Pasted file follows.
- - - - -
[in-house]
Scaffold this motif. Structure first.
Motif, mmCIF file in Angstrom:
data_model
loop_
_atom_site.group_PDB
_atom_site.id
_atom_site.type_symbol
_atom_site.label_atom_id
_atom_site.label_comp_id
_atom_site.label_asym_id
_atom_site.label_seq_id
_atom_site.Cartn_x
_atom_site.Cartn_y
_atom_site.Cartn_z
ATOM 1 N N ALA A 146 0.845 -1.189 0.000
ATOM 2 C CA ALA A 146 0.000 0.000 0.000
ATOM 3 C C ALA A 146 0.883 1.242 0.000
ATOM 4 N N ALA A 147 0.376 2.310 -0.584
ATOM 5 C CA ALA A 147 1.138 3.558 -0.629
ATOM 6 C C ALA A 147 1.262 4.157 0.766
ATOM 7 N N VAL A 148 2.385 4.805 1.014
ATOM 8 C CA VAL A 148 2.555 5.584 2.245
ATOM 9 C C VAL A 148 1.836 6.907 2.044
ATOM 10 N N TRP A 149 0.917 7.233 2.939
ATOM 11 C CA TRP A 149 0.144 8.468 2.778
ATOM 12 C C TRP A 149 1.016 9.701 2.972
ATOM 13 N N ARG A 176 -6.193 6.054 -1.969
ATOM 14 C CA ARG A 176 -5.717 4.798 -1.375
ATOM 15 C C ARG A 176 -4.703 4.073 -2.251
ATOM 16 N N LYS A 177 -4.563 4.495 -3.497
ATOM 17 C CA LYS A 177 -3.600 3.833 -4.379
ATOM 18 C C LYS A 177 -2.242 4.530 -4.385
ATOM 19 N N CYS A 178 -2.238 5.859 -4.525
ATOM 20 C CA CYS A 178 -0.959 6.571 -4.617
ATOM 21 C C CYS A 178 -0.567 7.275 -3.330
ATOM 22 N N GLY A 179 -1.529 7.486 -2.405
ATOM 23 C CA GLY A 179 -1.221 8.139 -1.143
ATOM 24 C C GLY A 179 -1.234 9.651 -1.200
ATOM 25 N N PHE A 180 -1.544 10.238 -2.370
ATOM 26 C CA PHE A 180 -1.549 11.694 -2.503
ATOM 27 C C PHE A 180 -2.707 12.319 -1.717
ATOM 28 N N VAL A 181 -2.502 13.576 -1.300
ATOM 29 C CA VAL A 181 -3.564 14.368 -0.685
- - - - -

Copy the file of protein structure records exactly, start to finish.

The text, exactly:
[in-house]
Scaffold this motif. Structure first.
Motif, mmCIF file in Angstrom:
data_model
loop_
_atom_site.group_PDB
_atom_site.id
_atom_site.type_symbol
_atom_site.label_atom_id
_atom_site.label_comp_id
_atom_site.label_asym_id
_atom_site.label_seq_id
_atom_site.Cartn_x
_atom_site.Cartn_y
_atom_site.Cartn_z
ATOM 1 N N ALA A 146 0.845 -1.189 0.000
ATOM 2 C CA ALA A 146 0.000 0.000 0.000
ATOM 3 C C ALA A 146 0.883 1.242 0.000
ATOM 4 N N ALA A 147 0.376 2.310 -0.584
ATOM 5 C CA ALA A 147 1.138 3.558 -0.629
ATOM 6 C C ALA A 147 1.262 4.157 0.766
ATOM 7 N N VAL A 148 2.385 4.805 1.014
ATOM 8 C CA VAL A 148 2.555 5.584 2.245
ATOM 9 C C VAL A 148 1.836 6.907 2.044
ATOM 10 N N TRP A 149 0.917 7.233 2.939
ATOM 11 C CA TRP A 149 0.144 8.468 2.778
ATOM 12 C C TRP A 149 1.016 9.701 2.972
ATOM 13 N N ARG A 176 -6.193 6.054 -1.969
ATOM 14 C CA ARG A 176 -5.717 4.798 -1.375
ATOM 15 C C ARG A 176 -4.703 4.073 -2.251
ATOM 16 N N LYS A 177 -4.563 4.495 -3.497
ATOM 17 C CA LYS A 177 -3.600 3.833 -4.379
ATOM 18 C C LYS A 177 -2.242 4.530 -4.385
ATOM 19 N N CYS A 178 -2.238 5.859 -4.525
ATOM 20 C CA CYS A 178 -0.959 6.571 -4.617
ATOM 21 C C CYS A 178 -0.567 7.275 -3.330
ATOM 22 N N GLY A 179 -1.529 7.486 -2.405
ATOM 23 C CA GLY A 179 -1.221 8.139 -1.143
ATOM 24 C C GLY A 179 -1.234 9.651 -1.200
ATOM 25 N N PHE A 180 -1.544 10.238 -2.370
ATOM 26 C CA PHE A 180 -1.549 11.694 -2.503
ATOM 27 C C PHE A 180 -2.707 12.319 -1.717
ATOM 28 N N VAL A 181 -2.502 13.576 -1.300
ATOM 29 C CA VAL A 181 -3.564 14.368 -0.685